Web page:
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Pioneering, collaborative, team-orientated, brave and bold, knowledgeable, credible, responsive, inspirational, industrious, tenacious….
This is how Children’s Institute staff described the organisation in a brand identity workshop in August last year. The workshop was part of a series aimed at enhancing communications capacity-building in the Institute, sponsored by the Rockefeller Brothers Foundation (RBF).
The brief to staff aimed for maximum participation and creativity: Make a collage that tells the story of the organisation. Staff were asked to bring along objects, pictures, drawings, etc. which represent the CI’s target audience; what the audience expects from the CI (brand promise); the values of the Institute; how the values and impact compare to other organisations (brand positioning); the CI’s image, personality and tone (which determines the experience of the brand); and brand-building opportunities (areas of credibility and niches that can be built on).
The result was two very inspiring, creative and colourful collages that show that the CI’s identity (what it does, who it serves, how it’s experienced) is well defined and rooted in a common understanding of its purpose and position as a child policy research institute. An important reflection was how being associated with the University of Cape Town lends positioning benefits, such as credibility and prestige.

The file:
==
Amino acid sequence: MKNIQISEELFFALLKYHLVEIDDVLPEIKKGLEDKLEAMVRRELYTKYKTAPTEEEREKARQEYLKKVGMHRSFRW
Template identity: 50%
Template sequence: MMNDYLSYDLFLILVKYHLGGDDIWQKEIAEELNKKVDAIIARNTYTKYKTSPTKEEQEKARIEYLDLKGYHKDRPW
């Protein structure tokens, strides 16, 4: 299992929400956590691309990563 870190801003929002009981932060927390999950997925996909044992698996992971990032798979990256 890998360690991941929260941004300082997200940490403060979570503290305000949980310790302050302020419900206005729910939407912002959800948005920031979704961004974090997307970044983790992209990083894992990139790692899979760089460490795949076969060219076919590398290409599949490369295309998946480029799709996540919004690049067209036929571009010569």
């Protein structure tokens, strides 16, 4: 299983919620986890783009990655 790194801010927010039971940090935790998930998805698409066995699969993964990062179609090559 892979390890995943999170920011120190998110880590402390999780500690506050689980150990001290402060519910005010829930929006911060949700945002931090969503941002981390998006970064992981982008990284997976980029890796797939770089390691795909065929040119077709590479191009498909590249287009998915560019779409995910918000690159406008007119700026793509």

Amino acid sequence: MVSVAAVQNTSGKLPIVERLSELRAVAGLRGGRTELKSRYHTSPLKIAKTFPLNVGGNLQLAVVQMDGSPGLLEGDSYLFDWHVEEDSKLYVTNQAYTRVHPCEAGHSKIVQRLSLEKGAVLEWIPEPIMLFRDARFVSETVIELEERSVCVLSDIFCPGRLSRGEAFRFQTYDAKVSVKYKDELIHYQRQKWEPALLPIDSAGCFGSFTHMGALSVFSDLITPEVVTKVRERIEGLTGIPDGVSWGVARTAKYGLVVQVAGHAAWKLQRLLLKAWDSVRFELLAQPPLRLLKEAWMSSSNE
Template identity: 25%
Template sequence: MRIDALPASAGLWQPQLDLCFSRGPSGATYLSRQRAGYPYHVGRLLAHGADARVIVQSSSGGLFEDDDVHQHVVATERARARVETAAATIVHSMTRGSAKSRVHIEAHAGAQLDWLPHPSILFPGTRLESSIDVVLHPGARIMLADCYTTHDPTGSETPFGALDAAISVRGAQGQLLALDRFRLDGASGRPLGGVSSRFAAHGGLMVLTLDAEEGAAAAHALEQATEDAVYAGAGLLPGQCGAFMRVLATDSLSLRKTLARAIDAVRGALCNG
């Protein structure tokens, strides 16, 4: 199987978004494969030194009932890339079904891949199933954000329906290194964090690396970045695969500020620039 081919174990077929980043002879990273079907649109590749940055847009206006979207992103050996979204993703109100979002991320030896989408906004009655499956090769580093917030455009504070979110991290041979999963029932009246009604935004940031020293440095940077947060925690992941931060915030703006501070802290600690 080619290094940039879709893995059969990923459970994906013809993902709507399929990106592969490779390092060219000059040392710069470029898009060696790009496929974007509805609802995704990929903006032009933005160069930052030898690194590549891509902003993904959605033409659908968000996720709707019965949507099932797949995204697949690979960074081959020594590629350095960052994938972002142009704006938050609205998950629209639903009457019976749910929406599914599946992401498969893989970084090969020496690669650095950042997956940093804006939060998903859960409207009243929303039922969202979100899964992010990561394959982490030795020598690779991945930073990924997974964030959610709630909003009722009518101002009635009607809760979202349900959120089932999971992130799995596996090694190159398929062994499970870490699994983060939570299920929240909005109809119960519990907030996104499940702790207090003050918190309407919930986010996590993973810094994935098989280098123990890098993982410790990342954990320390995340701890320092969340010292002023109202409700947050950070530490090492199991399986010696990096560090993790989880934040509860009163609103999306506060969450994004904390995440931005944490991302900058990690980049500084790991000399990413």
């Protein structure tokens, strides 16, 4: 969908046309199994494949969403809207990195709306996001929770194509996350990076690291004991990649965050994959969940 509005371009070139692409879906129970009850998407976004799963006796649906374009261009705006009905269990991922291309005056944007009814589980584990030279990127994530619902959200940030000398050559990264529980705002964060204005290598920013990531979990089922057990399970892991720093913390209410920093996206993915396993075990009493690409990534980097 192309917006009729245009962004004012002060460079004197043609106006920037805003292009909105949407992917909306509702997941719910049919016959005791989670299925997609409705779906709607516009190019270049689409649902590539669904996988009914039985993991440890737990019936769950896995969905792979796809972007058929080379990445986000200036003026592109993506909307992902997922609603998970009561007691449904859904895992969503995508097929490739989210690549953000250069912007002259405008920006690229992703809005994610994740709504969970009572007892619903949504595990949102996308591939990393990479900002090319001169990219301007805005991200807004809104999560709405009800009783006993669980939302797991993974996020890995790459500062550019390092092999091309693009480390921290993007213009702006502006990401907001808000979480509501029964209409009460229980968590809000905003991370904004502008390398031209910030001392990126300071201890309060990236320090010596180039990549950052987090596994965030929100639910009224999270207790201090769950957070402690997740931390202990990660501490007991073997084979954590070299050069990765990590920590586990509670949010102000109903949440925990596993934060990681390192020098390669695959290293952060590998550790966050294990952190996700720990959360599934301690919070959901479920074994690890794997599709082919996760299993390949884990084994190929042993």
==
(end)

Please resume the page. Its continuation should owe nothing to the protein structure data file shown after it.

However, the challenges of working in a soft-funded, cutting-edge policy research unit that needs to respond rapidly to policy developments came through strongly: “There’s only 24 hours in one day. Damn.”; “No place for sissies”; “All fired up”; “Dynamite is small packages”; and “Somewhat serious, somewhat fun” were some of the cuttings that described the Institute’s image, personality and tone.
But why the need to ‘brand’ an academic research institute? Africa! Ignite, the communication consultancy contracted by RBF, explained in its workshop assessment report to the Institute: “The issue of identity forms the platform off which communication strategies are built. By affording the organisational identity strategic worth, the tool of branding may well become a powerful tool of influence that CI can use to maximise all communication opportunities.”
There is a small but growing body of research on the value of branding for non-profits. Evans (2008) describes it as: “Very much like reputations, brands precede the individual or organization and shape how the world responds. …[L]ike commercial marketers, social marketers create value for target audiences through their own form of branding – by creating positive associations.”
In short: successful branding can make a non-profit stand out; draws attention to its value; will attract more donors, tenders, the right kind of staff; and has a good communication strategy as part of a brand identity.
To ensure a good communication strategy that enforces organisational identity, the Institute will be keeping its vision top of mind when communicating, and develop a more focused ‘brand promise’ that reflects its vision to replace the current “Child rights in focus”. Add to this the need to ensure that the organisational identity is well defined, clearly articulated and consistently presented, and our communications team has its job cut out!
Evens WD (2008) Social Marketing Campaigns and Children’s Media Use. The Future of Children, 18(1), Spring 2008: 181-203.